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In the first substantial survey of contemporary Australian art, Mervyn Horton's Present day art in Australia, published in 1969, Gunter Christmann's artist's comment is one the shortest. It is undoubtedly the most blunt.
'I do not care to write about art: I am a painter, I cover flat areas with paint.
Paintings are to be looked at.'
Nevertheless it says everything necessary about Christmann's attitude to painting and being an artist. For the past thirty-six years he has stuck to his guns, said very little about his work, and painted. Those who care to look have been rewarded with some of the most beautiful paintings of our time.
In 1960s Christmann's work was called abstract. Later descriptions used the terms minimalist, abstract expressionist and colourfield abstraction. All seemed correct at the time, but in retrospect the descriptions don't describe the paintings. Something else was going on in Christmann's work; something much more personal. His statement gives the clue. His career has been about being an artist and the act of painting, rather than belonging to any particular movement. He has pursued rigourously his own development and not the well-trodden path of an artist seeking success. His work has often seemed eccentric and outside the mainstream of fad and fashion. However, it always attracted a strong following among those who saw it for what it was - challenging, highly individual, and extraordinarily well painted.
Since landmark exhibitions such as The Field which marked the opening of the National Gallery of Victoria's new building in 1968, Christmann's work has been included in all significant surveys of contemporary Australian art. All public collections of contemporary Australian art include his work, and many have sufficient to show the development of his career from the late 1960s to the present day. In the 1980s the National Gallery of Australia identified Christmann as one of the most significant artists of his generation whose work was worthy of being collected in depth.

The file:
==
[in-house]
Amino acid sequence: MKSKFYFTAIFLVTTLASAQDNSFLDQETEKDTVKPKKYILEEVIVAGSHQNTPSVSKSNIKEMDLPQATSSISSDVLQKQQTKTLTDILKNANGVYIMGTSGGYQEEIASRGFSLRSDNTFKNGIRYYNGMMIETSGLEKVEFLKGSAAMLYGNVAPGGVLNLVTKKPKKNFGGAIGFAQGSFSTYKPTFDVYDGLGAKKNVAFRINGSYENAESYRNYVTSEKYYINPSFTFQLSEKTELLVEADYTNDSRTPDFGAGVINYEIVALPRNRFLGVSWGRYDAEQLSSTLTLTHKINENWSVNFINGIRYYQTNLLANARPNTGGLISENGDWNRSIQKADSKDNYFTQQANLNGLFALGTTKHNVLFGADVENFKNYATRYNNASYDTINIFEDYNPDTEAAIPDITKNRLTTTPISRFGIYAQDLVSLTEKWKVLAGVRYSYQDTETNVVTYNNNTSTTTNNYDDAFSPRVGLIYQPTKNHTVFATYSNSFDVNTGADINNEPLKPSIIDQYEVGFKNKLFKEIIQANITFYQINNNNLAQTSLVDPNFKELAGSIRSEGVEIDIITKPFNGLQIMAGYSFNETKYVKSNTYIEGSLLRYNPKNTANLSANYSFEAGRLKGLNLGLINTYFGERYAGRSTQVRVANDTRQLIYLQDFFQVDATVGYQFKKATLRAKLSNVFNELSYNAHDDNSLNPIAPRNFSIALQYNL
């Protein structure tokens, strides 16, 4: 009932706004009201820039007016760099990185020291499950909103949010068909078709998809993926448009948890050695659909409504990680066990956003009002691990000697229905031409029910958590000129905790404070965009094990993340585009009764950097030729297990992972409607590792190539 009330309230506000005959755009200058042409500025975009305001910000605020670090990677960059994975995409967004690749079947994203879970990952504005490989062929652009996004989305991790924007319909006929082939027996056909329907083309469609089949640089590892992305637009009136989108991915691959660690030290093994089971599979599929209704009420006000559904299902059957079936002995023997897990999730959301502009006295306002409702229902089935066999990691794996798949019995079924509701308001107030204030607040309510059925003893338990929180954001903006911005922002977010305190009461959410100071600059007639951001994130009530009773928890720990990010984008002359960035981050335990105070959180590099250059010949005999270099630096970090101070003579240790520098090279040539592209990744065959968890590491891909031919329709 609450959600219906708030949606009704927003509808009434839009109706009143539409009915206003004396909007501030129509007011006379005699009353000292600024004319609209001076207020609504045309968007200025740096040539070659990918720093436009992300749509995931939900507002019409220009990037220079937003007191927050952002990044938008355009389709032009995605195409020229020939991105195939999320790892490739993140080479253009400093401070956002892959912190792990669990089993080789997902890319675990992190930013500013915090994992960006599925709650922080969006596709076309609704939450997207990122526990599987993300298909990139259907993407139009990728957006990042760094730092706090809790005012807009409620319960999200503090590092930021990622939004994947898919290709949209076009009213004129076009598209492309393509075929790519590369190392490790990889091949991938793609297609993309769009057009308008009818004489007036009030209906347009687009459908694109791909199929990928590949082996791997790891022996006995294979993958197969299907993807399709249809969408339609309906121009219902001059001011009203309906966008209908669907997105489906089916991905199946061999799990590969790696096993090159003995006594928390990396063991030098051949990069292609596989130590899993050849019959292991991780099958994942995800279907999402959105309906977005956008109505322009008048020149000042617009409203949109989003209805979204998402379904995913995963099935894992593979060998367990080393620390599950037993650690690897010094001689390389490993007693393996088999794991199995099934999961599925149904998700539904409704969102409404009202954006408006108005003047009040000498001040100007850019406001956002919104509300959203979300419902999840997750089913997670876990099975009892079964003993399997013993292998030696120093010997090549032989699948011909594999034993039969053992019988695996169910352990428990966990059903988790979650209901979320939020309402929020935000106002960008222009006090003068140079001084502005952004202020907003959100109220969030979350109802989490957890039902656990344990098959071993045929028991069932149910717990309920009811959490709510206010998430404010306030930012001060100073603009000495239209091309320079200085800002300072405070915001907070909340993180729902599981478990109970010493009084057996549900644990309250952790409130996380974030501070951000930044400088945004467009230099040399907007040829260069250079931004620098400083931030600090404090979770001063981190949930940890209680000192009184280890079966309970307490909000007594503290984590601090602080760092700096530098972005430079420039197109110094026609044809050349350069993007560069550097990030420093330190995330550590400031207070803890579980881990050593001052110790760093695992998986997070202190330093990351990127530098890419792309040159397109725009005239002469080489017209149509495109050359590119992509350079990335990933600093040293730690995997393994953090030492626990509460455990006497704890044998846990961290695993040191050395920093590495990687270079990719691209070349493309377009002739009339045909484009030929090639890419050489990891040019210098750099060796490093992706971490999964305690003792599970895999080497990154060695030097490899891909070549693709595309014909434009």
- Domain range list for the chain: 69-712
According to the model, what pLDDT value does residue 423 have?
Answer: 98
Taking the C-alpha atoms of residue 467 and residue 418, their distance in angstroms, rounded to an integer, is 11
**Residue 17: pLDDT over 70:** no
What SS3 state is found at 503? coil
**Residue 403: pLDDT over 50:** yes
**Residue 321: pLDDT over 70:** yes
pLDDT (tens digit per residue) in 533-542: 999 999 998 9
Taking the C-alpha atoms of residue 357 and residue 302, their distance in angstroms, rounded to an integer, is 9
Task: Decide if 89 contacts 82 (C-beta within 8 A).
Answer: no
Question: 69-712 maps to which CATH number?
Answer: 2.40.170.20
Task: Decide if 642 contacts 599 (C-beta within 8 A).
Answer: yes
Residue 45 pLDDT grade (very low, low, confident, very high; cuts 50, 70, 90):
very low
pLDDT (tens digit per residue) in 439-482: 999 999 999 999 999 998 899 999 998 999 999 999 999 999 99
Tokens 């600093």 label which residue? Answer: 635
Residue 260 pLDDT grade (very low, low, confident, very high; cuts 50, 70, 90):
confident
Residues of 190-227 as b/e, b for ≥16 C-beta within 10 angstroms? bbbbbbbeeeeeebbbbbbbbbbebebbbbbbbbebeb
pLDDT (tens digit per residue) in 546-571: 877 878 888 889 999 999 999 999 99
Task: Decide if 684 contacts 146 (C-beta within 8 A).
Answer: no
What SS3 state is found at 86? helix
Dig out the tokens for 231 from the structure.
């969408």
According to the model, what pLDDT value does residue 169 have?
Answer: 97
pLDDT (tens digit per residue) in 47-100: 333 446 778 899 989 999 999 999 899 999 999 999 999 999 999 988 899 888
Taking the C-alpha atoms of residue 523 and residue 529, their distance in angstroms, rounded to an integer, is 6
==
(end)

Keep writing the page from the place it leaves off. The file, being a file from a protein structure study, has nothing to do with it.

Similarly several private collectors saw the beauty of Christmann's painting. Of these Bill Burge's collection might be the most important. Paintings such as Spill, 1972, and Heavy Topscape, 1972, are among the most significant of Christmann's delicately layered and spotted paintings, once inadequately described as Minimalist. Water Tank, 1975, and Rockman, 1996, are outstanding examples of Christmann's long-standing careful observation of the world around him, which has throughout his career provided the subjects, sometimes disguised, for his paintings.
We are grateful to John McPhee for providing this catalogue entry